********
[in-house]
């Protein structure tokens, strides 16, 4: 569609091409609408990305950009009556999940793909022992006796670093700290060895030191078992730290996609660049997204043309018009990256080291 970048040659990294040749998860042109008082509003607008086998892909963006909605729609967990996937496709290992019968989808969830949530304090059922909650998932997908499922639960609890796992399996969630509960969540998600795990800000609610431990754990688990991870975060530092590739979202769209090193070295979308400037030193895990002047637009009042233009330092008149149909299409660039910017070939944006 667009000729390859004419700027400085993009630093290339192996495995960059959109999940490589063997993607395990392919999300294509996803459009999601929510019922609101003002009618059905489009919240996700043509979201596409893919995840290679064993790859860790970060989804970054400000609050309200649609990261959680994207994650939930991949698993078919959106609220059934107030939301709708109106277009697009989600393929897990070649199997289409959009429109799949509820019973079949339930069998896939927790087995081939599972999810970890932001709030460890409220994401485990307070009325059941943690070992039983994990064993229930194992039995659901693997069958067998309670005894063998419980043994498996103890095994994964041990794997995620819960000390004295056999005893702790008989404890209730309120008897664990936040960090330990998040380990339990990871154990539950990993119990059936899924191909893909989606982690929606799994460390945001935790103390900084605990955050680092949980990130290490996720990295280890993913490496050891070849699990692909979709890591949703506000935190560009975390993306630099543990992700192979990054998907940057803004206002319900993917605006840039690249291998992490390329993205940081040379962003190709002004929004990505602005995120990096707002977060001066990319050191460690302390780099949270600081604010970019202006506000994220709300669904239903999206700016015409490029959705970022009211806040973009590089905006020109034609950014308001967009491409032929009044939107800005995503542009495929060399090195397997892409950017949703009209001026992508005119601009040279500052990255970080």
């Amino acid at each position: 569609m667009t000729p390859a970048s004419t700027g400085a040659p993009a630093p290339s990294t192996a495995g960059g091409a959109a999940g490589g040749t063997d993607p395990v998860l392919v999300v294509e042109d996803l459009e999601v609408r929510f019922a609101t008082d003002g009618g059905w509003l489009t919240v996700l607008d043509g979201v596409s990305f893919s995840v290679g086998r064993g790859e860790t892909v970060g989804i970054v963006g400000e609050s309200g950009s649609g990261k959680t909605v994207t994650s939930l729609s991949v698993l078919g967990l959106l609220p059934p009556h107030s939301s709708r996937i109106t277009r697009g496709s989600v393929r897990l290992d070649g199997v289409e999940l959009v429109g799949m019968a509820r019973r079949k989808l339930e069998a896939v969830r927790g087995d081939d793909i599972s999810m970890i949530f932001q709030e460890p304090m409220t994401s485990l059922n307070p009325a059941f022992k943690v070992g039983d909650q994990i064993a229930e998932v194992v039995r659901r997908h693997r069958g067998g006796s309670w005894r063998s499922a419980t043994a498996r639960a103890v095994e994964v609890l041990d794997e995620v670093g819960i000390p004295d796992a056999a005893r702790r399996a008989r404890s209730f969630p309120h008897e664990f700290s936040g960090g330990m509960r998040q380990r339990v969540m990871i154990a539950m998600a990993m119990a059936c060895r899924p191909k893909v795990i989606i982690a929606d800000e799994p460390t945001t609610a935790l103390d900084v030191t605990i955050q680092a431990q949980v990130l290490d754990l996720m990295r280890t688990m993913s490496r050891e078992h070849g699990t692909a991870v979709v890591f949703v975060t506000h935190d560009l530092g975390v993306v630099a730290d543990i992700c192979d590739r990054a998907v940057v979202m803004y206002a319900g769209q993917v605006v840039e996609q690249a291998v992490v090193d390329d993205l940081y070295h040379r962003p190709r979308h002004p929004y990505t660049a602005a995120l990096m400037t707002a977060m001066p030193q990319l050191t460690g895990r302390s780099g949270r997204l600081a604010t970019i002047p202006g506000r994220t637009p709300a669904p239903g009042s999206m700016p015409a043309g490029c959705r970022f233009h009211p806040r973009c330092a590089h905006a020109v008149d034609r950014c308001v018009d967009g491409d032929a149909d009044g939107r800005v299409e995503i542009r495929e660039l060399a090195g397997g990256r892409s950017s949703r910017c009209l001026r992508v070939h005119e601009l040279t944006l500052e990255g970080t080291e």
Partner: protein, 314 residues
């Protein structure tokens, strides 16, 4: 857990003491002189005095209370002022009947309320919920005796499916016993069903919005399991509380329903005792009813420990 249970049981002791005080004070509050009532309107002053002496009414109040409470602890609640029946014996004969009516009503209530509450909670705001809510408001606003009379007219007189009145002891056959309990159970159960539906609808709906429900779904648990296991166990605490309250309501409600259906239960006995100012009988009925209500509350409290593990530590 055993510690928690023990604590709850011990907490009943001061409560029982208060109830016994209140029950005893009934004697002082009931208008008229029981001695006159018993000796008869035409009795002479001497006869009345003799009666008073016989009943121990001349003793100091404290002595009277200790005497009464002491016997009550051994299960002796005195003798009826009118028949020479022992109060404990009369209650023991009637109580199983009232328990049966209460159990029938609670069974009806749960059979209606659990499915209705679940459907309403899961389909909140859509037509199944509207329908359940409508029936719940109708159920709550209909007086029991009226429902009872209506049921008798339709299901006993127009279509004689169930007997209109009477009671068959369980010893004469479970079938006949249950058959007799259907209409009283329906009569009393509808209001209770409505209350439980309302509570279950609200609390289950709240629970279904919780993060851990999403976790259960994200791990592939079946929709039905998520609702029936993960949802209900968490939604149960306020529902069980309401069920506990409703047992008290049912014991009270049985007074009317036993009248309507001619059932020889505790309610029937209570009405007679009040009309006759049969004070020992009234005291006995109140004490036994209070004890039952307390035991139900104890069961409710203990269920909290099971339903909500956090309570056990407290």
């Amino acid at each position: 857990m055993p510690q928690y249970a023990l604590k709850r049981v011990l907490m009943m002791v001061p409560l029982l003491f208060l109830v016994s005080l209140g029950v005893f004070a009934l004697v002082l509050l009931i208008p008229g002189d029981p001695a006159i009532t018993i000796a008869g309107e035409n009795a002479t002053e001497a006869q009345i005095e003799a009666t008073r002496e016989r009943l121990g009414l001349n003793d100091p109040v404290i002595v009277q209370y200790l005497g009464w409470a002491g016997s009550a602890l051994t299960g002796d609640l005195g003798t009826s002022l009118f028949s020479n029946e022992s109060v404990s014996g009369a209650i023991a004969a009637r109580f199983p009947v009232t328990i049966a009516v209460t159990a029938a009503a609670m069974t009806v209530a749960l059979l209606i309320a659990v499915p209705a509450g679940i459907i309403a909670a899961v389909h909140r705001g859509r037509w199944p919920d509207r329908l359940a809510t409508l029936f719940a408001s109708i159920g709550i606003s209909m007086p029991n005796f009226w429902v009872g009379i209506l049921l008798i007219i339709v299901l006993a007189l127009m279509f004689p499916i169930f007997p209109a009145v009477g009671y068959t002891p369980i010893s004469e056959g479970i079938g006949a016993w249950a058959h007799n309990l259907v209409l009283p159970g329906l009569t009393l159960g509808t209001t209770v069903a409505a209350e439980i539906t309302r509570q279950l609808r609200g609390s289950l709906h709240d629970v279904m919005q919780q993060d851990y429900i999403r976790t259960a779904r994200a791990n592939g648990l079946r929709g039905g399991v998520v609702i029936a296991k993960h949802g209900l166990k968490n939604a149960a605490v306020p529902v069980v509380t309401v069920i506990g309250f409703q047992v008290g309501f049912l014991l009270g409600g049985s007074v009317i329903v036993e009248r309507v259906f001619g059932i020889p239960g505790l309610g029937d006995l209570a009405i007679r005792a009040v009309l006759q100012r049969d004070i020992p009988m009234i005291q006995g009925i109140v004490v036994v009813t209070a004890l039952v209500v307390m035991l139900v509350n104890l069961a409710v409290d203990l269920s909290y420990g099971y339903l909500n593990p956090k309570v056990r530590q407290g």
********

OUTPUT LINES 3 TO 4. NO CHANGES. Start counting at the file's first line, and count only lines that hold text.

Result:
């Amino acid at each position: 569609m667009t000729p390859a970048s004419t700027g400085a040659p993009a630093p290339s990294t192996a495995g960059g091409a959109a999940g490589g040749t063997d993607p395990v998860l392919v999300v294509e042109d996803l459009e999601v609408r929510f019922a609101t008082d003002g009618g059905w509003l489009t919240v996700l607008d043509g979201v596409s990305f893919s995840v290679g086998r064993g790859e860790t892909v970060g989804i970054v963006g400000e609050s309200g950009s649609g990261k959680t909605v994207t994650s939930l729609s991949v698993l078919g967990l959106l609220p059934p009556h107030s939301s709708r996937i109106t277009r697009g496709s989600v393929r897990l290992d070649g199997v289409e999940l959009v429109g799949m019968a509820r019973r079949k989808l339930e069998a896939v969830r927790g087995d081939d793909i599972s999810m970890i949530f932001q709030e460890p304090m409220t994401s485990l059922n307070p009325a059941f022992k943690v070992g039983d909650q994990i064993a229930e998932v194992v039995r659901r997908h693997r069958g067998g006796s309670w005894r063998s499922a419980t043994a498996r639960a103890v095994e994964v609890l041990d794997e995620v670093g819960i000390p004295d796992a056999a005893r702790r399996a008989r404890s209730f969630p309120h008897e664990f700290s936040g960090g330990m509960r998040q380990r339990v969540m990871i154990a539950m998600a990993m119990a059936c060895r899924p191909k893909v795990i989606i982690a929606d800000e799994p460390t945001t609610a935790l103390d900084v030191t605990i955050q680092a431990q949980v990130l290490d754990l996720m990295r280890t688990m993913s490496r050891e078992h070849g699990t692909a991870v979709v890591f949703v975060t506000h935190d560009l530092g975390v993306v630099a730290d543990i992700c192979d590739r990054a998907v940057v979202m803004y206002a319900g769209q993917v605006v840039e996609q690249a291998v992490v090193d390329d993205l940081y070295h040379r962003p190709r979308h002004p929004y990505t660049a602005a995120l990096m400037t707002a977060m001066p030193q990319l050191t460690g895990r302390s780099g949270r997204l600081a604010t970019i002047p202006g506000r994220t637009p709300a669904p239903g009042s999206m700016p015409a043309g490029c959705r970022f233009h009211p806040r973009c330092a590089h905006a020109v008149d034609r950014c308001v018009d967009g491409d032929a149909d009044g939107r800005v299409e995503i542009r495929e660039l060399a090195g397997g990256r892409s950017s949703r910017c009209l001026r992508v070939h005119e601009l040279t944006l500052e990255g970080t080291e």
Partner: protein, 314 residues